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Newletter

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PLUM Pastoral Message

 

July 2022

 

“It seems that when we experience the possibility of annihilation, our brains simply can’t take it in and process it as they do everyday events. A space gets created, but it isn’t blank. That space holds horrendous things that affect people’s entire bodies, the way they move and exist in the world. The issue becomes how to bring this blank space into verbal expression and public awareness.”

Serene Jones, Trauma & Grace: Theology in a Ruptured World (pg. xi)

 

Dear Partner in Ministry,

 

Why would I start with a quote like this for a pastoral article? Because it seems so much of what we have heard and seen over the last several months has been a series of events that have been jarring to us as a people, a nation, and a world. We have watched countries torn apart by war and natural disasters. We have seen mass shootings at schools and grocery stores. We have commemorated Juneteenth and Emmanuel Nine, both historical reminders of the unkindness of our nation. We have heard testimonies about the January 6th attack on the Capitol, and we have received the Supreme Court’s ruling that overturned Roe vs. Wade. Our brain, at least mine is and I suspect yours too, is struggling to take it all in. When will it stop! Jones argues that it is in these moments when we experience trauma (the quote’s description) that we need to find spaces to verbally express and bring to public awareness the emotional effect of these events on our being, our body, our mental health, and our emotions! It is in these moments that it is even more critical to stop and notice the grace-filled spaces all around us. The places where God is present and working even when our senses are bombarded with jarring moments.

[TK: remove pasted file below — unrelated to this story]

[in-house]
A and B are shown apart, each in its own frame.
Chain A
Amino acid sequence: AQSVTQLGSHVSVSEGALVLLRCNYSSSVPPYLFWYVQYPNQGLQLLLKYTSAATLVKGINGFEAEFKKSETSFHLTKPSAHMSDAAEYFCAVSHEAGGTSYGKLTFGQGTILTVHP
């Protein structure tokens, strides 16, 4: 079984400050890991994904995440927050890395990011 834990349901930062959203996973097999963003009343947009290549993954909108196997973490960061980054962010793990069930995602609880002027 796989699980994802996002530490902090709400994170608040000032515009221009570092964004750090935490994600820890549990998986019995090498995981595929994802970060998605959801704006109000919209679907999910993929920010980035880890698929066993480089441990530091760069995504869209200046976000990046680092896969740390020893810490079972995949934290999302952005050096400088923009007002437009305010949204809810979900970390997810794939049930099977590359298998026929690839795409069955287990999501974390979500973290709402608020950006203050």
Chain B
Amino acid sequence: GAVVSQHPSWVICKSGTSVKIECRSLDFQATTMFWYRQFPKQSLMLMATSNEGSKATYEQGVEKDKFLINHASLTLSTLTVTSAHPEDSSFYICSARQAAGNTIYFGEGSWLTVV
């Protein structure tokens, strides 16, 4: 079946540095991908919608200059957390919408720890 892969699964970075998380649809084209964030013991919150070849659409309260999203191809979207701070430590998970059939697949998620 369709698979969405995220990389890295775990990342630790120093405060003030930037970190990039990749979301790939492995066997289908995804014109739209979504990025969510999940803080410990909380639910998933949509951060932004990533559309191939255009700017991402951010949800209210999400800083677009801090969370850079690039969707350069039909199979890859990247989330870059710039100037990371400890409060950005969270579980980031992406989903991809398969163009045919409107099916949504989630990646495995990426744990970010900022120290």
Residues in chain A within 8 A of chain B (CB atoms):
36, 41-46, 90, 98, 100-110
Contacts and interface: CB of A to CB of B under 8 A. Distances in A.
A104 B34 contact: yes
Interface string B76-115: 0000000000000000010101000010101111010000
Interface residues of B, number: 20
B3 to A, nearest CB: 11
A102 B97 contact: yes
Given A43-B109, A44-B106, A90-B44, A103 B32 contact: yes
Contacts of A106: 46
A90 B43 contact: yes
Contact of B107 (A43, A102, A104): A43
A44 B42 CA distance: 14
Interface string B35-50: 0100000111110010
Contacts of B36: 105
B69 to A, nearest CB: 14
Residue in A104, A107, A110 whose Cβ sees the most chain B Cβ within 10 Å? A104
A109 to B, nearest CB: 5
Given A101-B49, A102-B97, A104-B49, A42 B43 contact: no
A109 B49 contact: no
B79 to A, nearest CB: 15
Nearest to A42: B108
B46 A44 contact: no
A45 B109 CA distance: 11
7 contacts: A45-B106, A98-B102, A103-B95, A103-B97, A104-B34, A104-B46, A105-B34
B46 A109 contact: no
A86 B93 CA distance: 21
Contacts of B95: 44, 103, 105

At our synod assembly in June, The Most Rev. Michael Curry, Presiding Bishop of The Episcopal Church was the opening speaker. He spoke on the topic I Love to Tell the Story, the theme of our synod assembly. In his talk, he reminded us that the only way to deal with the divide, and disunity so prevalent in our culture today, is to remember the story of Jesus. It is a story of love! A story that we must all share with each other. We do so by taking the time to listen to each other and respect each other. I believe when we truly listen to each other, without judgment or desire to convince the other to think like us, we begin the process of healing. We create the space to release the trauma and change those blank spaces from hurt, mistrust, and harmful actions. It is then we can strive to be the beloved community that God intended.

 

Sibling in Christ, we have been experiencing those moments in our congregations. We continue to be the witness of God’s love with baptisms, spaghetti dinners, flea markets, and Vacation Bible School. At the June 23 PLUM picnic in the park we sat around telling and listening to stories.  We have more picnics planned for July and August. We have the installation for Pastor Alex in July and planned fellowship time throughout the summer to welcome him into our family. And still, I suspect that some of us are also struggling. Please do not do so alone. Your pastoral team and your PLUM family are here to listen.

 

“Loving God, Refresh us by your loving Spirit.

Lead us into peace and understanding with you and others. Help us experience the miracle of many voices becoming one in you. Amen.”

(adapted from Centering Prayers by Peter Traben Hass, pg. 135)

 

Pastor Brenda

On behalf of the PLUM Pastoral Team

 

         

   
 

Pittsburgh Lutheran United Ministries (PLUM), 405 Kennedy Avenue, Duquesne, PA 15110        412-466-7773